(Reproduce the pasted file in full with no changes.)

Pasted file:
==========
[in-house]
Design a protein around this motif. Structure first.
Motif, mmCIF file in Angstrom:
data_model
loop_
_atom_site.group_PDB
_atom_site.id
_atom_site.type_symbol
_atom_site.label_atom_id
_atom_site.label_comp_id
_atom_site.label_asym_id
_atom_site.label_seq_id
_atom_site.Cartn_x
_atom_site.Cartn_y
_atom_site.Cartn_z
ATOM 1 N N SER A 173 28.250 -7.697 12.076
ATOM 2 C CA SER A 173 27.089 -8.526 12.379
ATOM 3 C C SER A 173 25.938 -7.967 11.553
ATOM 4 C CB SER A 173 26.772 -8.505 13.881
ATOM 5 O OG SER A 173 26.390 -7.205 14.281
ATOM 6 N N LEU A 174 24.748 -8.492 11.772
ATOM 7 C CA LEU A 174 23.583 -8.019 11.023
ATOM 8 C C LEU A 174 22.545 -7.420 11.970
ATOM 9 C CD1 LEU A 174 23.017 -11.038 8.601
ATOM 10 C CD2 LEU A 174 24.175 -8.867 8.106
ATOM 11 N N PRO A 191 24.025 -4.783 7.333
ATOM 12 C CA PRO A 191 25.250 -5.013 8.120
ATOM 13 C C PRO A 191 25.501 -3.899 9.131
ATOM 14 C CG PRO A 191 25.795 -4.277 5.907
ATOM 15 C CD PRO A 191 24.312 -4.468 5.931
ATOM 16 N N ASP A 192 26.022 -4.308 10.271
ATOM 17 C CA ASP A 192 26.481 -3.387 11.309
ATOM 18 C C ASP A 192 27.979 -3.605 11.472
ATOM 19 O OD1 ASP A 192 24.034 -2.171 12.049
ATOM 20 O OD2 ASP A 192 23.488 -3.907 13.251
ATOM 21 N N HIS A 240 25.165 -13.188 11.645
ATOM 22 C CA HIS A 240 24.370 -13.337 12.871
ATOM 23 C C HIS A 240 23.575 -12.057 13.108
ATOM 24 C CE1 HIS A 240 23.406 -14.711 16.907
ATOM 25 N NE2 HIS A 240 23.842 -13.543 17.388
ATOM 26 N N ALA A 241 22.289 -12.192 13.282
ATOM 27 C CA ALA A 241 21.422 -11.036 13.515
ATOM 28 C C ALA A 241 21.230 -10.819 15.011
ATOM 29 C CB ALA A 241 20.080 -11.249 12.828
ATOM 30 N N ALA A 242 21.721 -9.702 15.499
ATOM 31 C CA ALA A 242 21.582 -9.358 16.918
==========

[in-house]
Design a protein around this motif. Structure first.
Motif, mmCIF file in Angstrom:
data_model
loop_
_atom_site.group_PDB
_atom_site.id
_atom_site.type_symbol
_atom_site.label_atom_id
_atom_site.label_comp_id
_atom_site.label_asym_id
_atom_site.label_seq_id
_atom_site.Cartn_x
_atom_site.Cartn_y
_atom_site.Cartn_z
ATOM 1 N N SER A 173 28.250 -7.697 12.076
ATOM 2 C CA SER A 173 27.089 -8.526 12.379
ATOM 3 C C SER A 173 25.938 -7.967 11.553
ATOM 4 C CB SER A 173 26.772 -8.505 13.881
ATOM 5 O OG SER A 173 26.390 -7.205 14.281
ATOM 6 N N LEU A 174 24.748 -8.492 11.772
ATOM 7 C CA LEU A 174 23.583 -8.019 11.023
ATOM 8 C C LEU A 174 22.545 -7.420 11.970
ATOM 9 C CD1 LEU A 174 23.017 -11.038 8.601
ATOM 10 C CD2 LEU A 174 24.175 -8.867 8.106
ATOM 11 N N PRO A 191 24.025 -4.783 7.333
ATOM 12 C CA PRO A 191 25.250 -5.013 8.120
ATOM 13 C C PRO A 191 25.501 -3.899 9.131
ATOM 14 C CG PRO A 191 25.795 -4.277 5.907
ATOM 15 C CD PRO A 191 24.312 -4.468 5.931
ATOM 16 N N ASP A 192 26.022 -4.308 10.271
ATOM 17 C CA ASP A 192 26.481 -3.387 11.309
ATOM 18 C C ASP A 192 27.979 -3.605 11.472
ATOM 19 O OD1 ASP A 192 24.034 -2.171 12.049
ATOM 20 O OD2 ASP A 192 23.488 -3.907 13.251
ATOM 21 N N HIS A 240 25.165 -13.188 11.645
ATOM 22 C CA HIS A 240 24.370 -13.337 12.871
ATOM 23 C C HIS A 240 23.575 -12.057 13.108
ATOM 24 C CE1 HIS A 240 23.406 -14.711 16.907
ATOM 25 N NE2 HIS A 240 23.842 -13.543 17.388
ATOM 26 N N ALA A 241 22.289 -12.192 13.282
ATOM 27 C CA ALA A 241 21.422 -11.036 13.515
ATOM 28 C C ALA A 241 21.230 -10.819 15.011
ATOM 29 C CB ALA A 241 20.080 -11.249 12.828
ATOM 30 N N ALA A 242 21.721 -9.702 15.499
ATOM 31 C CA ALA A 242 21.582 -9.358 16.918